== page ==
On April 4, the majority of workers at the Berlin Nightclub in the Boystown neighborhood of Chicago voted to join UNITE HERE Local 1 in what is thought to be the first unionization effort at a Chicago nightclub.
Three days earlier, workers and supporters staged a large rally and march for union representation in preparation for the vote. Chelle Crotinger on the Berlin security team spoke about the historic vote, saying that Berlin workers were looking to push the struggle for workers’ rights “throughout all of Boystown, as opposed to keeping it up in our own little corner.”
Demands of the union drive included higher wages, increased health benefits, paid sick time, consistency in scheduling and a say in how the workplace is run. “One of the main reasons why we’re unionizing is because we just want to have a seat at the table,” said Syd, a worker at Berlin who did give their last name. They said workers were struggling for a “right to be able to speak up and for our rights and feel heard.” Given a lack of transparency on the hierarchy and lack of communication at Berlin this is a top priority for the struggle.
As an upcoming union of queer workers in a predominantly queer space, the Berlin nightclub unionization represents a larger push of LGBTQ worker liberation from “rainbow capitalism” and gentrification.
Gentrification and ruling-class politics threaten LTBTQ communities as queer venues are being priced out and forced to close. Anti-trans legislation and anti-drag terror continue today as queer oppression is still ongoing. From the ruling class comes far-right systemic violence that affects queer workers, whether in the form of legislation, terror, gentrification or harsh working conditions.
Due to the corporate takeover and transformation of pride parades, bars, and rising rent in these communities (even as high as $3,500/month in West Village in California!) along with the deployment of armed police at places like the Stonewall Inn, gentrification threatens workers’ rights within these spaces.
Crotinger shared their reason to unionize: “…it’s all the little things that happen at almost any workplace, little things that tend to fall through the cracks.” They hope they will be “leaving in place a system where those cracks will never be a problem again,” and that workers’ problems will be addressed and dealt with in a timely manner. Upon hearing the win for Berlin workers Crotinger remarked, “I’m ready for the work to begin and start this legacy in Chicago!”
Marco, who is also on the security team and did not give their last name, said that they wanted to make the nightclub “a better place for a longer period of time,” and wanted higher wages for workers who are in risky environments and who put themselves in harm’s way. They also highlighted the risks of sickness from working around large gatherings of people, especially where COVID-19 is concerned. Work at Berlin Nightclub is also physically exhausting, with heavy lifting, running up and down stairs for coat checks and having to deal with drunk patrons.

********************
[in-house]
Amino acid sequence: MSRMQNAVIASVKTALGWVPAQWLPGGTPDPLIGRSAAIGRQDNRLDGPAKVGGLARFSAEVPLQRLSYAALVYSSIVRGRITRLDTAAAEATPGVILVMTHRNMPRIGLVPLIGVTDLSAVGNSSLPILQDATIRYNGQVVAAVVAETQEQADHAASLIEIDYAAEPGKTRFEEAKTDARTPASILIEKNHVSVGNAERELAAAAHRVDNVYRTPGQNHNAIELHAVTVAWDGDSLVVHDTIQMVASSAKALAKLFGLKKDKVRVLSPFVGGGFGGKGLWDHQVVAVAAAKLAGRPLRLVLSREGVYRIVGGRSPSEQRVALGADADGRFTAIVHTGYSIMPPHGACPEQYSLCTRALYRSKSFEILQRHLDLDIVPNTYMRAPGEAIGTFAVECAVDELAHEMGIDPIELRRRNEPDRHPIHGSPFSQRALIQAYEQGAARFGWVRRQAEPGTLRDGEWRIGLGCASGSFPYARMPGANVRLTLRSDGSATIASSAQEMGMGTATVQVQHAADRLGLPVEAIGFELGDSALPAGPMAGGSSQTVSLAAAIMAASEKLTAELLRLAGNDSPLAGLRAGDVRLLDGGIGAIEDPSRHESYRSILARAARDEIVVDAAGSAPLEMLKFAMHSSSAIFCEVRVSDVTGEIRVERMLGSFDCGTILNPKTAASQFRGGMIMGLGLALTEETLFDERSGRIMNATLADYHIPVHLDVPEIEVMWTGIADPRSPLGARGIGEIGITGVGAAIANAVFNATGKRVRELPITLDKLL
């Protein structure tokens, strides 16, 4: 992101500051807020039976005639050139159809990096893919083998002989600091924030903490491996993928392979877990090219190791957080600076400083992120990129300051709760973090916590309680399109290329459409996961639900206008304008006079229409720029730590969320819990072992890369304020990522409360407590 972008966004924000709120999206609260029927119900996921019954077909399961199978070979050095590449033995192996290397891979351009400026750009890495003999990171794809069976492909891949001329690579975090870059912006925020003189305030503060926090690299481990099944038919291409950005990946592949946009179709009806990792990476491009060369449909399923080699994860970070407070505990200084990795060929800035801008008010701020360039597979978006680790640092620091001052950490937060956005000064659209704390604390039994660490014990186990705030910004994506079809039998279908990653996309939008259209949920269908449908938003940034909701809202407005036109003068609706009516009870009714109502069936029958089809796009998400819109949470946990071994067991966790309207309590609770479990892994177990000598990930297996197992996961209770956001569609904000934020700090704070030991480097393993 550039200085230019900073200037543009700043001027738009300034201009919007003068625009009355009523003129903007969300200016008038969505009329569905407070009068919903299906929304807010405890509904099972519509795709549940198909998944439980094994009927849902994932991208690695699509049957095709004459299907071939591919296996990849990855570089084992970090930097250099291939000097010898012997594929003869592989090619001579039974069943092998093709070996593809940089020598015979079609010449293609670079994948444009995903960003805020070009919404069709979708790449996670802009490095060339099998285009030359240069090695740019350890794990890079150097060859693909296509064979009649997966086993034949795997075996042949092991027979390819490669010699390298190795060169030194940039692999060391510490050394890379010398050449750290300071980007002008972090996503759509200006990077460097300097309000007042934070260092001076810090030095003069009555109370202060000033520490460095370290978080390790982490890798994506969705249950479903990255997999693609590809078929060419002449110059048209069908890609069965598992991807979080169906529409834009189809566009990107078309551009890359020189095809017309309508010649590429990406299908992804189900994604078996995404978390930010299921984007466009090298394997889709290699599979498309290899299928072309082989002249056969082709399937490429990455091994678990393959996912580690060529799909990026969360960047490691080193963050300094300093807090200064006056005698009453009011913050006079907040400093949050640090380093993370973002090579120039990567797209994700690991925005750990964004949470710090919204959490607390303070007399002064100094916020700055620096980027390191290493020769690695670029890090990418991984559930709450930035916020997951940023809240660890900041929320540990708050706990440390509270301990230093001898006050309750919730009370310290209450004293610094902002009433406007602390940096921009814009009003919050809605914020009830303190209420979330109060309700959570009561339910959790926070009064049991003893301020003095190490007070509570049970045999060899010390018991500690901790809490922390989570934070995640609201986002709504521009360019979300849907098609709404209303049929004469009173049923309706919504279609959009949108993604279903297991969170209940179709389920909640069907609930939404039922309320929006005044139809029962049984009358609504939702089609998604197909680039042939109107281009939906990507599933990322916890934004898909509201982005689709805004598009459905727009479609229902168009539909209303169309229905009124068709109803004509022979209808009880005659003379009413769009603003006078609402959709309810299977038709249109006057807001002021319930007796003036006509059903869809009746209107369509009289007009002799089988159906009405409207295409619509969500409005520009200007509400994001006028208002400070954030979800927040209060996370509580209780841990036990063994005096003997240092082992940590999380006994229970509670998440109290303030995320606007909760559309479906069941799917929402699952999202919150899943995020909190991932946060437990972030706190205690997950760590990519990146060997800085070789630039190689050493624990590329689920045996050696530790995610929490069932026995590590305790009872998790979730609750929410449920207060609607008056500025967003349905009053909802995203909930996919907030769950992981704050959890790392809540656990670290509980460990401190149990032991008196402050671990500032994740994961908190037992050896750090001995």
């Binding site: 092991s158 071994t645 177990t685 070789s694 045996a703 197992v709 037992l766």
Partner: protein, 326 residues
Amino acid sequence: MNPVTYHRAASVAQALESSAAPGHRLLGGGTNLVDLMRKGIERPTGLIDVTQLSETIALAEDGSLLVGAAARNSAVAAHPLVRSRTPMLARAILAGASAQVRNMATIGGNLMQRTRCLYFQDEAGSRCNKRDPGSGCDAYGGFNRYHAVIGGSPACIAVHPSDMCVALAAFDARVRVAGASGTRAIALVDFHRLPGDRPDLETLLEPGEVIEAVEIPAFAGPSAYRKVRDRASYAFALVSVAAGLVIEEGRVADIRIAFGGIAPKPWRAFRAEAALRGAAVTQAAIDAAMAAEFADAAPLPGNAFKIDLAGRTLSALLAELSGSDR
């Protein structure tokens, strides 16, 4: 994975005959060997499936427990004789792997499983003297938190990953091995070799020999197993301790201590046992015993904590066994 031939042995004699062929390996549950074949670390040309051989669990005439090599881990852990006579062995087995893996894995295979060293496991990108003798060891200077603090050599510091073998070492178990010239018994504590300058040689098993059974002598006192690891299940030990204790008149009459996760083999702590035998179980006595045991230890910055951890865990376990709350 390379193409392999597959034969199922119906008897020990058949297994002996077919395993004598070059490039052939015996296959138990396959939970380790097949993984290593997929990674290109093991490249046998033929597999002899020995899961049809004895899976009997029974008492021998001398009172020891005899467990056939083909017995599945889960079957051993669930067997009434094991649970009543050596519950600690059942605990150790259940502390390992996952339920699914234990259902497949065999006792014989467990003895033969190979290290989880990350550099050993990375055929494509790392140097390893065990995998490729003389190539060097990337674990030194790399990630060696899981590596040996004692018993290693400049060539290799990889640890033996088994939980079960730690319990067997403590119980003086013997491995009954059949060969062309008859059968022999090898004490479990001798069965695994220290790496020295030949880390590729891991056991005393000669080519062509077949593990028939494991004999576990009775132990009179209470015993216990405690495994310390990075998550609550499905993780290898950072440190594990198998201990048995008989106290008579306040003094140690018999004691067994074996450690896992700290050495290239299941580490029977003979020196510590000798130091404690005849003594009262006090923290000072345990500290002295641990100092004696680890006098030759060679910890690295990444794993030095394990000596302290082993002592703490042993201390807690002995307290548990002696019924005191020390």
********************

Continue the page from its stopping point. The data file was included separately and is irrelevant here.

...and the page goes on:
Workers at Berlin have been ready to take on this challenge and are feeling a true sense of community from this struggle. Speaking about the rally before the vote, Syd said: “I’m incredibly grateful for my coworkers and our community showing up. The support we got from everyone made me and the employees of Berlin feel seen. There was no doubt in my mind that we would win the election and the right to form a union.”
Other workers have commented on the importance of Berlin, with this bar being their first communal experience in queer nightlife. For the past four decades, Berlin has been a cornerstone of the Chicago queer alternative community and the workers there deserve their rights as much as any LGBTQ worker in any neighborhood. A huge mass of workers at Berlin, both at the nightclub and around Boystown were chanting “queer liberation, not exploitation” as their march was heard down Halsted Street.
With Illinois ranking third on a list of states with the highest number of drag events targeted and threatened (eight as of last year) and the ruling class bringing forth a slew of anti-trans and anti-drag bills it seems nonsensical to stand with the same ruling class gentrifying queer neighborhoods and creating unsafe working conditions for queer people who have the right to struggle against oppression and the right to liberate themselves from capitalism. This liberation can only be achieved with the struggle for socialism nationwide and worldwide for all queer communities.
Feature photo: Workers and supporters rally outside the Berlin nightclub in Chicago on April 1 prior to the April 4 vote on unionization. Liberation photo